works:  In a way maybe, but I never had an experience like that. So Australia. That was this new world for you, and you loved it. You loved the horses, you said. What do you love about horses?

Vaea:  There’s just something about a horse. After you raise one, the animal is part of you. There’s just an affinity. When at the end of the day or the middle of the day, I would stop and tie my horse up to a tree, the horse would try to bite me. He didn’t want to be left. I mean, I got bitten by my horse. He’d come at me like this [gestures].

works:  What was he trying to tell you?

Vaea:  He didn’t want to be tied down.

works:  I’ve never owned a horse, but there’s something special about horses.

Vaea:  It’s funny because my name is Vaea and I have a Japanese friend, Jimmy Suzuki, who said I should have a chop made. He said, “Use the word va.” In Japanese, va is horse; ma in Chinese is horse, the same sound. My first letters are the same, so it was like short for my name, you see.

works:  I see. You’ve had a very interesting life.

Vaea:  Yes. And then I came here. My sister came to the U.S. before I did. She married a Frenchman here and asked me to come over. She was going to open a bakery. So I decided, well, I’ll come over and help. Then I came here and four months later I got drafted into the army. It was the Korean War and I got sent back to Japan.

works:  As a U.S. soldier?

Vaea:  Yes.

works:  Wow, that’s crazy.

Vaea:  If you come with the green card, you have all the privileges of a citizen and all the duties of a citizen. You actually can refuse, but if you refuse, then if you leave the country, you can’t come back. So that’s the way it was. I said, “What the hell.” So I went to basic training in Fort Ord. I was twenty-five and everybody at Fort Ord was eighteen. I was the old man. All those kids were scared stiff because, you know, in basic training they shoot bullets over your head and stuff like that. To me, it was like Boy Scouts. I’d been through so much before it was no big deal.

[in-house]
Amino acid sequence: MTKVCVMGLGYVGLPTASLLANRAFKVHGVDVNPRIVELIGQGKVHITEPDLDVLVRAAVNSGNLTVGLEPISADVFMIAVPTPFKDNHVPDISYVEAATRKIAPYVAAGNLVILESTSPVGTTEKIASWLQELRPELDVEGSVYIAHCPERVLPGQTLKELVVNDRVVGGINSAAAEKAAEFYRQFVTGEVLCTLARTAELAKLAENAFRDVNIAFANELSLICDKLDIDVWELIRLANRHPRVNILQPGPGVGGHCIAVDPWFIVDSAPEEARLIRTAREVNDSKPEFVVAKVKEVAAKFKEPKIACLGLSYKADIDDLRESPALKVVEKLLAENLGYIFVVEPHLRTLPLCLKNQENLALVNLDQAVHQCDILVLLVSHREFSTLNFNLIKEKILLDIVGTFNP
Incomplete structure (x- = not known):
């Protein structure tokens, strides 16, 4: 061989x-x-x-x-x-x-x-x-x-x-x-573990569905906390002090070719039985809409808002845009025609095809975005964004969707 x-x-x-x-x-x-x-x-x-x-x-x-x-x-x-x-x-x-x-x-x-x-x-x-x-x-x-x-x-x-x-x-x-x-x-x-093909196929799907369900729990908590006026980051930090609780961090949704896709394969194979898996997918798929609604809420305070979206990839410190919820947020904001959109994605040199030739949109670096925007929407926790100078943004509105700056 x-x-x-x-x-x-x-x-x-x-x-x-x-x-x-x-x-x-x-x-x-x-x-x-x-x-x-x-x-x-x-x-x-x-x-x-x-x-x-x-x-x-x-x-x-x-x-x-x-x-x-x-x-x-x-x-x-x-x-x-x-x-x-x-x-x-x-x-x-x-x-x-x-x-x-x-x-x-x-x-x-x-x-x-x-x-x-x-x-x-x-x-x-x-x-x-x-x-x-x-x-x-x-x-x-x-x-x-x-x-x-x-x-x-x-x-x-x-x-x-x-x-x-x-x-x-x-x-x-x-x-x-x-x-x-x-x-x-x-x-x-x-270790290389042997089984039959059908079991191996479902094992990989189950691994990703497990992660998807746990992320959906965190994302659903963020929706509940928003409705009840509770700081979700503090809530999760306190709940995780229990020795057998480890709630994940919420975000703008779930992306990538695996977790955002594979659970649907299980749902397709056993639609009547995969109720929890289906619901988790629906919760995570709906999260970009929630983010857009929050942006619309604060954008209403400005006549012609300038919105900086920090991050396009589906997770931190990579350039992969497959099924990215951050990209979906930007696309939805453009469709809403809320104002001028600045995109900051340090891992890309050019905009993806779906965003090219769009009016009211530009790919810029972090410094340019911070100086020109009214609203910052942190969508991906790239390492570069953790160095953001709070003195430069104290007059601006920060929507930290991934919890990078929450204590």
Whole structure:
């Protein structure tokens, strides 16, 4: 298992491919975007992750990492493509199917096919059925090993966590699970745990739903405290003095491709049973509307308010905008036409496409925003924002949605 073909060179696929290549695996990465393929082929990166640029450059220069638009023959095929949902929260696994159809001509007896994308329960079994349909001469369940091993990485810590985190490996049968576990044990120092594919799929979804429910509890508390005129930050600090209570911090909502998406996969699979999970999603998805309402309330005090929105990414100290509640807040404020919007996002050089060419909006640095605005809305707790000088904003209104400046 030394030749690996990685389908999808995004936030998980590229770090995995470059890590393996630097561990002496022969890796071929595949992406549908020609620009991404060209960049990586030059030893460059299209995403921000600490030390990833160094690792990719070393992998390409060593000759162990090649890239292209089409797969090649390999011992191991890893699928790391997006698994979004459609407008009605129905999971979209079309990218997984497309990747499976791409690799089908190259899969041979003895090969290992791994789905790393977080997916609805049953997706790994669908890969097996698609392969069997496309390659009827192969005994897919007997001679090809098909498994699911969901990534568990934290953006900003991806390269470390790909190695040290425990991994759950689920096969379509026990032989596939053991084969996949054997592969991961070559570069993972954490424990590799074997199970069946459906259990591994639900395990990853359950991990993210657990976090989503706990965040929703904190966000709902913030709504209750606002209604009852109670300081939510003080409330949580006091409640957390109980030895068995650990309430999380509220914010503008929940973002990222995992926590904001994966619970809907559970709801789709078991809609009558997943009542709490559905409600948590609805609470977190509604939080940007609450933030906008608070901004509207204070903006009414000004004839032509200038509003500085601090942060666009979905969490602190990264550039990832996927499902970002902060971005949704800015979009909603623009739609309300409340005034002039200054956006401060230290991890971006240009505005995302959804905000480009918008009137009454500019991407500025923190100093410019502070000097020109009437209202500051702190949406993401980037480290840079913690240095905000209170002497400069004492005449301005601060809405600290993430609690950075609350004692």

works:  Okay. So you get sent to Japan in the military. How long were you there?

Vaea:  I was in for two years.

works:  And then you saw Hamada and Yanagi and those people, again?

Vaea:  Yes. Anytime I had a leave, I would take a train to Kyoto and see all my friends. So it was fantastic! It was like another vacation. And the army was no big deal for me because I was a French interpreter for the army. They sent me to a camp, which used to be the West Point of Japan, and then they gave me a job. I had a desk job. I was a chief clerk for a warehouse to send stuff all over the place.

works:  Great.

Vaea:  And I used to fence. They gave me permission to go into competition with the Japanese, and all over.

works:  You mean fencing with a foil, that kind of fencing?

Vaea:  Yes. I learned that in France, and in Australia, when I was there. I used to fence all the time in competition. Then when I was in Japan, I learned how to do Japanese sword fighting. They beat the shit out of me, because it’s very different from fencing. You know, in the fencing, you always go like this [demonstrates thrusting]. But in Japanese-style sword, when you take your sword out, you’re already fighting on this first sweep up and out [demonstrates].